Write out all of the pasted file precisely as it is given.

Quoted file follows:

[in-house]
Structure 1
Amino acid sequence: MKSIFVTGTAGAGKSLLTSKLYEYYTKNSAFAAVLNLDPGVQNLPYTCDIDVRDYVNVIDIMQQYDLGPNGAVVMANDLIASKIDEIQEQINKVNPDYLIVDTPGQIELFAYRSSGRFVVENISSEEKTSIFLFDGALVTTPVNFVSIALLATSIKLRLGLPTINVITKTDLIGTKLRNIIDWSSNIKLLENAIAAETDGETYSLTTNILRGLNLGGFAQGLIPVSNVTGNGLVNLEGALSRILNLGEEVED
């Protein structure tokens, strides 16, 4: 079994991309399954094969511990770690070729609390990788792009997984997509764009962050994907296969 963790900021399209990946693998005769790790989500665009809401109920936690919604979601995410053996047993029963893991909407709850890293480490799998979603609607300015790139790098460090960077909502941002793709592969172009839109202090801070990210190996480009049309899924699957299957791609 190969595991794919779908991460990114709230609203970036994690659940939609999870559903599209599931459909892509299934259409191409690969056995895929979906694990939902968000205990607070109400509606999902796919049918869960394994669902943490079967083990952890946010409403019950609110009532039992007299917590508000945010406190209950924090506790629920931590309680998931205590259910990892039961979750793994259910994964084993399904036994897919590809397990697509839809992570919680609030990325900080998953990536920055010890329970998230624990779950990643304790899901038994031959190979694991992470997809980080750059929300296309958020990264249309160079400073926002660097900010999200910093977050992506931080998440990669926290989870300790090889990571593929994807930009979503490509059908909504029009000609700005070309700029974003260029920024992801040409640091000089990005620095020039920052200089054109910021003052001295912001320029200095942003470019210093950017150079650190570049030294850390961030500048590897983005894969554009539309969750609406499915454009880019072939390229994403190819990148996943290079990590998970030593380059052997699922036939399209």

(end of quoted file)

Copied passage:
[in-house]
Structure 1
Amino acid sequence: MKSIFVTGTAGAGKSLLTSKLYEYYTKNSAFAAVLNLDPGVQNLPYTCDIDVRDYVNVIDIMQQYDLGPNGAVVMANDLIASKIDEIQEQINKVNPDYLIVDTPGQIELFAYRSSGRFVVENISSEEKTSIFLFDGALVTTPVNFVSIALLATSIKLRLGLPTINVITKTDLIGTKLRNIIDWSSNIKLLENAIAAETDGETYSLTTNILRGLNLGGFAQGLIPVSNVTGNGLVNLEGALSRILNLGEEVED
């Protein structure tokens, strides 16, 4: 079994991309399954094969511990770690070729609390990788792009997984997509764009962050994907296969 963790900021399209990946693998005769790790989500665009809401109920936690919604979601995410053996047993029963893991909407709850890293480490799998979603609607300015790139790098460090960077909502941002793709592969172009839109202090801070990210190996480009049309899924699957299957791609 190969595991794919779908991460990114709230609203970036994690659940939609999870559903599209599931459909892509299934259409191409690969056995895929979906694990939902968000205990607070109400509606999902796919049918869960394994669902943490079967083990952890946010409403019950609110009532039992007299917590508000945010406190209950924090506790629920931590309680998931205590259910990892039961979750793994259910994964084993399904036994897919590809397990697509839809992570919680609030990325900080998953990536920055010890329970998230624990779950990643304790899901038994031959190979694991992470997809980080750059929300296309958020990264249309160079400073926002660097900010999200910093977050992506931080998440990669926290989870300790090889990571593929994807930009979503490509059908909504029009000609700005070309700029974003260029920024992801040409640091000089990005620095020039920052200089054109910021003052001295912001320029200095942003470019210093950017150079650190570049030294850390961030500048590897983005894969554009539309969750609406499915454009880019072939390229994403190819990148996943290079990590998970030593380059052997699922036939399209």